A private photo of Japanese Prime Minister Fumio Kishida, taken at his official residence, was leaked by a magazine on Friday, with critics arguing the action was inappropriate and generated security issues at what they consider a public facility.
The picture was taken at the residence during a family function at the end of last year. The facility serves as both the prime minister's personal dwelling and a public venue for hosting guests and conducting official duties.
Kishida defended the leaked private photograph, telling reporters, "I dined with my family members and relatives" at the private space of the official residence, which is just a few minutes away from the prime minister's office.
"I do not believe I did something inappropriate in the public area" of the residence, Kishida said.
The fresh revelation of the snapshot comes after Kishida's eldest son, Shotaro, was fired from his role as executive secretary to the prime minister amid growing criticism over inappropriate photos, apparently taken on the same occasion.
The prime minister posed for the photograph with 17 family members and relatives, including Shotato and his wife Yuko, and it was unveiled in the latest edition of a weekly magazine called Friday.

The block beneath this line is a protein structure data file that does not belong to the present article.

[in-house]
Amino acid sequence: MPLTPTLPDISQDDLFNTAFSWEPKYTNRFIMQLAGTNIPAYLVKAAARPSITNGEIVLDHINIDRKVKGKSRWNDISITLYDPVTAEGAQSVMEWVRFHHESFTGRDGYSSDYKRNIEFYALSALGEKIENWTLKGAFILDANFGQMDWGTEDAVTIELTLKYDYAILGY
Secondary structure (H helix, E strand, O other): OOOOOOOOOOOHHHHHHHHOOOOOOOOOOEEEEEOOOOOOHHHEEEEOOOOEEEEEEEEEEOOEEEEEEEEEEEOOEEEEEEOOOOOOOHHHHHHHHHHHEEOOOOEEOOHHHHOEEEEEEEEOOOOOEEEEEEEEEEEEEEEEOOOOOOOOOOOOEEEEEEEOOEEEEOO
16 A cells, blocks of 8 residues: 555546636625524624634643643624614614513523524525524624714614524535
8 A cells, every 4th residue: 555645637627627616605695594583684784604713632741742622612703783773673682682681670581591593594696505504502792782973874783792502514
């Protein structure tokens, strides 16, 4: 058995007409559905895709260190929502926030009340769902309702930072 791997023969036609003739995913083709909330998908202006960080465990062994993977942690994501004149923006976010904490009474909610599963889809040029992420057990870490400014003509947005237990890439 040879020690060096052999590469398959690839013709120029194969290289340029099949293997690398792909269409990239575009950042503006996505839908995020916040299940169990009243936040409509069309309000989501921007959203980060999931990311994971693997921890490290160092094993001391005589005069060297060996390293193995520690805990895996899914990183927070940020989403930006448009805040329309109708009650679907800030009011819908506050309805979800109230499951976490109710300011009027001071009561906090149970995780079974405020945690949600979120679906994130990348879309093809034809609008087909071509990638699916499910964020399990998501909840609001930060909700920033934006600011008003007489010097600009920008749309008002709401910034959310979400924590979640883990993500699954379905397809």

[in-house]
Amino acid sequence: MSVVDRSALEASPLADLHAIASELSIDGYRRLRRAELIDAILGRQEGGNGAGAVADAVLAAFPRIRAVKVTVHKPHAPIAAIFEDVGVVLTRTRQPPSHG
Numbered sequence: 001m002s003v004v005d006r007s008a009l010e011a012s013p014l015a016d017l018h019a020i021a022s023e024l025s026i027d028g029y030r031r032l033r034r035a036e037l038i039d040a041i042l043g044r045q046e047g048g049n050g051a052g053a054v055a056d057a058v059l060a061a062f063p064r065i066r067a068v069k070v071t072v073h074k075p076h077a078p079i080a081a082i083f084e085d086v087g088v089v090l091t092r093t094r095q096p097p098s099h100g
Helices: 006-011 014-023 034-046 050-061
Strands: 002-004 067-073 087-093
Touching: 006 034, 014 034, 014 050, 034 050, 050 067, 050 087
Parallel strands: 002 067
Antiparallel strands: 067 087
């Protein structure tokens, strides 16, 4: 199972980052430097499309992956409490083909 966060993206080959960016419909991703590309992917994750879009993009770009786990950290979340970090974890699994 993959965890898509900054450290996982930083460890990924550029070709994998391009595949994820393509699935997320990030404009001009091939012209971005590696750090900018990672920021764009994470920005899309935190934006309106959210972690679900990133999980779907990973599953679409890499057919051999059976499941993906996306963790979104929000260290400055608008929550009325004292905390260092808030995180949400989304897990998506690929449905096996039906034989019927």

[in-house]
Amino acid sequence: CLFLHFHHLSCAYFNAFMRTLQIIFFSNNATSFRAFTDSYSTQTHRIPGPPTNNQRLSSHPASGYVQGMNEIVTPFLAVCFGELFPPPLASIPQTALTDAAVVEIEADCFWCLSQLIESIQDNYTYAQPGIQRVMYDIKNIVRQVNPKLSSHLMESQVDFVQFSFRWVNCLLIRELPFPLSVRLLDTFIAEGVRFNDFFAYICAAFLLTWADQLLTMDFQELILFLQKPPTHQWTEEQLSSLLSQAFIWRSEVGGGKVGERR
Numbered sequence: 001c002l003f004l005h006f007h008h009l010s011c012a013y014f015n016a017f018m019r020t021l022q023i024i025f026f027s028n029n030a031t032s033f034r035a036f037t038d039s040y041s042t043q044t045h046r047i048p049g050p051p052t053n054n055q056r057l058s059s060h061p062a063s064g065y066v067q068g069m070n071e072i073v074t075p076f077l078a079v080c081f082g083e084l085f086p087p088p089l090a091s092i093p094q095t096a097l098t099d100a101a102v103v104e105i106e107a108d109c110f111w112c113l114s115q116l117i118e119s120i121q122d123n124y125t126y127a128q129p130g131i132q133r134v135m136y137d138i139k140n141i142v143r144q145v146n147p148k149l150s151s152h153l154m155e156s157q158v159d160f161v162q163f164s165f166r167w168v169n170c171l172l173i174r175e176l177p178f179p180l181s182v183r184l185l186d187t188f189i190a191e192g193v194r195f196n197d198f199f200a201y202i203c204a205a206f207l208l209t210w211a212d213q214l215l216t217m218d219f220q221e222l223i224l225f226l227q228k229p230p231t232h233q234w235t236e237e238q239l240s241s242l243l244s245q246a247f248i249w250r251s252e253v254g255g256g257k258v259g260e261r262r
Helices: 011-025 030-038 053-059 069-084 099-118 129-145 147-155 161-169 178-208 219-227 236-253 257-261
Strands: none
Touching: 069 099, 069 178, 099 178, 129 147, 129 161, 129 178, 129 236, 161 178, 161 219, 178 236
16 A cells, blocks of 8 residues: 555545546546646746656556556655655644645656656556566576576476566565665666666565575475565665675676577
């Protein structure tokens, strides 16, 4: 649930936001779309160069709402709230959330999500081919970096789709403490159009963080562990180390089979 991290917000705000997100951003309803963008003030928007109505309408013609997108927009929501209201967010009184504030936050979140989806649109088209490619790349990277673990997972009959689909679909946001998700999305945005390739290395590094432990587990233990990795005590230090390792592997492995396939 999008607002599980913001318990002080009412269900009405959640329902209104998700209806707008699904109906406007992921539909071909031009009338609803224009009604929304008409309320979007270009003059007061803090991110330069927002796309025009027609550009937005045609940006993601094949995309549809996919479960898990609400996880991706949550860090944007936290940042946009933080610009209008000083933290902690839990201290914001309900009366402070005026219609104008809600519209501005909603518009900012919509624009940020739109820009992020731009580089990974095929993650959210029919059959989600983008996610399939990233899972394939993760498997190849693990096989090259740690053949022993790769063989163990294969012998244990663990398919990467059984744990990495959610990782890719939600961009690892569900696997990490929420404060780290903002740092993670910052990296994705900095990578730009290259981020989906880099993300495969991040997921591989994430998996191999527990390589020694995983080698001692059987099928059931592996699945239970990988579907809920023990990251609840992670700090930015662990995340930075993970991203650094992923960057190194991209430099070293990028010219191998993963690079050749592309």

At a news conference on Friday, Chief Cabinet Secretary Hirokazu Matsuno, the top government spokesman, did not directly answer a question about whether a series of leaked private images of the internal layout of the facility to the media could create national security issues.
Late last month, a different weekly magazine reported Shotaro and several of his relatives had posed for photos in symbolically important parts of the residence in a manner some considered disrespectful, prompting the government to say that their actions "lacked appropriateness."
Matsuno has acknowledged that Kishida made an appearance at the year-end party, although he did not provide specifics about his actions or the duration of his presence.
Kenta Izumi, head of the main opposition Constitutional Democratic Party of Japan, expressed concern about the leakage of the snapshots, saying, "It is a significant issue" as the "structure of the official residence could become public."
Shotaro, a former employee of Japanese trading house Mitsui & Co., has been a repeated source of trouble for the prime minister since he was tapped for the role of executive secretary in October 2022.
In January, Shotaro came under fire for inappropriately mixing public and private interests by going sightseeing while accompanying his father on visits to other Group of Seven countries ahead of the G-7 Hiroshima summit that ended May 21.
After the report of the leaked snapshots last month, Kishida initially issued a strong warning to Shotaro but eventually decided earlier this week to sack him with backlash intensifying over retaining his son at the post.
The prime minister has said that Shotaro has refused to accept his severance pay and bonus.